Monday, July 1, 2013

POP UP: Prism

Austrian artist Christian Bazant-Hegemark (, whose work will be presented in his first solo show in the USA, at Seattle's Form/Space Gallery on July 12th, 2013. The artist has previously shown his work in solo shows in Europe and beyond, including Leipzig, Paris, Rio de Jane...iro, Vienna, Düsseldorf and others.

The upcoming exhibition will showcase the work that was produced during his residence in Seattle. It will be accompanied by a limited-edition catalogue of the artist’s work.

About the show:

"All human beings are born free and equal in dignity and rights. They are endowed with reason and conscience and should act towards one another in a spirit of brotherhood."

- The Universal Declaration of Human Rights

The collection of paintings completed during the Wolfram residency in Seattle, WA, offers a dystopian take on current affairs, unfolding a variety of unforeseen events - uncanny scenarios connected by their sparse use of figuration. The works present sombre fragments: The loosely dangling empty flag missing its stars, a crash-landing site, a tornado, a scenery of Disneyland-inspired flora where a dirty dove spins away from mail boxes turned pandorian. A post-industrialized, haggard, old man harvesting a plant of boolean descent on an infinite plane of three-colored, rothkoesque flatness, watched by the cipher of a fully-lipped, potentially homoerotic dark angel pondering the proceedings in apathy. A white-winged chimpanzee, floating in an undefined black void, connecting with a prism's light..

On their route from the everyday to the surreal, the paintings continuously open their formal vocabulary and range of action to reflect various American painting topics and tendencies while also becoming a statement about today's use of figuration per se. These works employ paraphrasing of painters like Rothko or Guston, usage of US specific, internationally understood symbolisms like Old Glory, KKK paraphernalia, the Mickey Mouse silhouette and others. The symbolized depiction of highly relevant themes include the recent publications regarding the NSA's Prism program - whose logo's rainbow color gradient, more commonly used as the symbol for LGBT pride, serves as the connecting theme throughout all pieces.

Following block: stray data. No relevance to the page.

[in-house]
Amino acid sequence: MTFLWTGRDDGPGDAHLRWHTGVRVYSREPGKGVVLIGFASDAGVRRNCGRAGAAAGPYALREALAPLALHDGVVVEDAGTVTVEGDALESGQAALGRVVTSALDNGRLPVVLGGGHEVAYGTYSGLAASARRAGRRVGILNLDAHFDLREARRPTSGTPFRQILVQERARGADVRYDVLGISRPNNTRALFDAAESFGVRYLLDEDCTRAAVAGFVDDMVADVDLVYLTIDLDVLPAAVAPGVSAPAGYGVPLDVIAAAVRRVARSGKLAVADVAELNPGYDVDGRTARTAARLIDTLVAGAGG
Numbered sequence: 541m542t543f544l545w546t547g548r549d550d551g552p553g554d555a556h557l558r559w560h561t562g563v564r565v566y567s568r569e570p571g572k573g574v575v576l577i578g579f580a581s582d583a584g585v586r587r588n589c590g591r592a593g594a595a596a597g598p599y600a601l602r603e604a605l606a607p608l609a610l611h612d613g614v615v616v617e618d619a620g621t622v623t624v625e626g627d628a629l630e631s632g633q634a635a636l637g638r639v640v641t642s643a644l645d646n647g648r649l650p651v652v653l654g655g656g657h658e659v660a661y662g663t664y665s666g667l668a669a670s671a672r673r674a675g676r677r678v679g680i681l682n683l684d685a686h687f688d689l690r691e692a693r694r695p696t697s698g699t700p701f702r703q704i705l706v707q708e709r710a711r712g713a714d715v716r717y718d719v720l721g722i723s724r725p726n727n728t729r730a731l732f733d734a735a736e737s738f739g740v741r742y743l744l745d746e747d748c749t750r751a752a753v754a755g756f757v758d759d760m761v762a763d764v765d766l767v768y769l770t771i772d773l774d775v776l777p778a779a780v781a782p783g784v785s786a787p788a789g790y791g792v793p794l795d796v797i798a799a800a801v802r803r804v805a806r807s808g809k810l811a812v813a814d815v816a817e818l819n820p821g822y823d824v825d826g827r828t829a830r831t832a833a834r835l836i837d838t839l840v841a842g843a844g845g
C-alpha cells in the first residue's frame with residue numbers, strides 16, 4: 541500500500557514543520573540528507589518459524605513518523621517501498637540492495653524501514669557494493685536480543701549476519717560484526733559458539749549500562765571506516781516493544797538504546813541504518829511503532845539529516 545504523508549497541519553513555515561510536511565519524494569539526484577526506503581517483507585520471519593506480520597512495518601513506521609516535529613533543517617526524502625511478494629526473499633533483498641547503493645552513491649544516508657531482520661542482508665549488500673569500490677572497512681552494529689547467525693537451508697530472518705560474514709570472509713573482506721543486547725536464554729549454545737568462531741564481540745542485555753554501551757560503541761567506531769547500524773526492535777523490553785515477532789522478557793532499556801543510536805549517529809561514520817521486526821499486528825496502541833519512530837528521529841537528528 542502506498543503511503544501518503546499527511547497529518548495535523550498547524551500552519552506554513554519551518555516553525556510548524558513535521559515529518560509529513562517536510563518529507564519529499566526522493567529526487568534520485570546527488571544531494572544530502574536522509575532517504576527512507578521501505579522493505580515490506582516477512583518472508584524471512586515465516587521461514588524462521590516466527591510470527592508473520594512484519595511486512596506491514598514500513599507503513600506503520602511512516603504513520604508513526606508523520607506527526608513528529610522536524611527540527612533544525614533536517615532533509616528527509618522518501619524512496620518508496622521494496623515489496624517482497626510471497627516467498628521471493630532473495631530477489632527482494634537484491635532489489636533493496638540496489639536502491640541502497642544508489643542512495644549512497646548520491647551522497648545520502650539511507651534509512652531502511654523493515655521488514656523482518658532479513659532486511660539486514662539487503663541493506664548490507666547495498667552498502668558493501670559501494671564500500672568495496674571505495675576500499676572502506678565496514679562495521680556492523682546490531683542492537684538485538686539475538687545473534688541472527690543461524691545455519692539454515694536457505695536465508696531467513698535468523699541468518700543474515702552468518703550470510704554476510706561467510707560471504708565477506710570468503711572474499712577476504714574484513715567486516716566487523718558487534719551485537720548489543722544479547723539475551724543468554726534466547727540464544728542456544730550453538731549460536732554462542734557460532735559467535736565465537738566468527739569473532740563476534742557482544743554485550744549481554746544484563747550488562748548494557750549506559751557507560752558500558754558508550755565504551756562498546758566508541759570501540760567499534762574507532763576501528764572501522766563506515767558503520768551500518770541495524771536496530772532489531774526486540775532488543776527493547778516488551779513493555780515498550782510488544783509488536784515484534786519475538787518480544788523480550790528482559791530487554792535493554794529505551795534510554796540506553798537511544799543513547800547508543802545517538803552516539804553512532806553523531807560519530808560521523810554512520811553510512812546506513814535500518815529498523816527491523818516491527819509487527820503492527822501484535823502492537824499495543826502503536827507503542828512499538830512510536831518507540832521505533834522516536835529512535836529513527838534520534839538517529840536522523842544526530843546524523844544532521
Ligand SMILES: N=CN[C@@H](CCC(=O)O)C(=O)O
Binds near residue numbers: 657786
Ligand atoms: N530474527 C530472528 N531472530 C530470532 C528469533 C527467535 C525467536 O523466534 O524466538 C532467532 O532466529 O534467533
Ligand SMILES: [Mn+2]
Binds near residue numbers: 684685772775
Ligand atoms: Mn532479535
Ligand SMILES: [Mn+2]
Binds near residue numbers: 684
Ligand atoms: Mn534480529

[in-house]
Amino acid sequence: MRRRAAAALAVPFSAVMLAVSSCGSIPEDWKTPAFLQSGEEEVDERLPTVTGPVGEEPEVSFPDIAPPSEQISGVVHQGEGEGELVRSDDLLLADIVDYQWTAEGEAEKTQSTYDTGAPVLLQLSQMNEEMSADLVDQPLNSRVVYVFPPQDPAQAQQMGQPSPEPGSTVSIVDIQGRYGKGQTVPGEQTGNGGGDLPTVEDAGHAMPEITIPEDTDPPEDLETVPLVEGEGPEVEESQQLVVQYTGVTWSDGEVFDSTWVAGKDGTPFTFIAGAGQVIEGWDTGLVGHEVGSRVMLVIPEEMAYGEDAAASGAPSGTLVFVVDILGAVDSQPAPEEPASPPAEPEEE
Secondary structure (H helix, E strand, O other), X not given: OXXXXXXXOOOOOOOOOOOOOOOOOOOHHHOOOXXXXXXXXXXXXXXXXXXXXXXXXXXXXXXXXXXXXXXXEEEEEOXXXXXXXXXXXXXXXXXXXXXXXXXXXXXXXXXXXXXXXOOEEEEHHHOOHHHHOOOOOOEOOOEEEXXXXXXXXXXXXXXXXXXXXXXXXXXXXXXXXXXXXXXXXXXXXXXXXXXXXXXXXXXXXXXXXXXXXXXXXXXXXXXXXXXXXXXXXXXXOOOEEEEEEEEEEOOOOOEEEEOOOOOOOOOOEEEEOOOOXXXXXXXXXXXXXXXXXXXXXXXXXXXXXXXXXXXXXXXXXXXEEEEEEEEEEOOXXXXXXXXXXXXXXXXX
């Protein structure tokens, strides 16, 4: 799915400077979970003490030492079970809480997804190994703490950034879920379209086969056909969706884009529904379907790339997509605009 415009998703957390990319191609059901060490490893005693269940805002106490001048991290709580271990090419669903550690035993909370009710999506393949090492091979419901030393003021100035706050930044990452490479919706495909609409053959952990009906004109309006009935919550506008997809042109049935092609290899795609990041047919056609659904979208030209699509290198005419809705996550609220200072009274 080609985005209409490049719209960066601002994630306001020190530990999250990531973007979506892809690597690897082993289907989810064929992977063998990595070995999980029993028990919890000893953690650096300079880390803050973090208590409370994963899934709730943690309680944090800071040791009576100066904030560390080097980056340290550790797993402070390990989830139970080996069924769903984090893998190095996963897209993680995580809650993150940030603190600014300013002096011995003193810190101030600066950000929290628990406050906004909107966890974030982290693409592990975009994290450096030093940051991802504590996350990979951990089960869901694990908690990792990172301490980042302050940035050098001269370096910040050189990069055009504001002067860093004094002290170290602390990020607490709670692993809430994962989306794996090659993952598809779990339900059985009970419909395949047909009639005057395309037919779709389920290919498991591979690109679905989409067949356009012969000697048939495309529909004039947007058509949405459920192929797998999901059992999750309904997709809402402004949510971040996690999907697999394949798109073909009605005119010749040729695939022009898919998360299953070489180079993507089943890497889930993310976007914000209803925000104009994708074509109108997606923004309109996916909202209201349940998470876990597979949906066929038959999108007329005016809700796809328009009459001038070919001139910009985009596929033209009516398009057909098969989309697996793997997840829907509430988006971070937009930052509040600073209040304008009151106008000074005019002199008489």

The work’s colors incorporate a sense of dread that might be typical of an outsider view of the U.S., and its epitomal status primus inter pares of western civilization, where constitutionally guaranteed rights are frequently morphed into or reduced to temporary privileges, and freedom becomes a volatile state to be granted or withheld - while at the same time allowing for basic criticism like the one offered with the show's work.

The paintings thus become multifaceted vectors of both painting's possibilities in general, and of our time more specifically. Vectors of materialized paint, whose distinct spectral palette dives deeply into the American dystopian subconscious, visually pre-thought by the likes of David Lynch, Gregory Crewdson or David LaChapelle - each known for their individual approach and mastery to create unique atmosphères noires.

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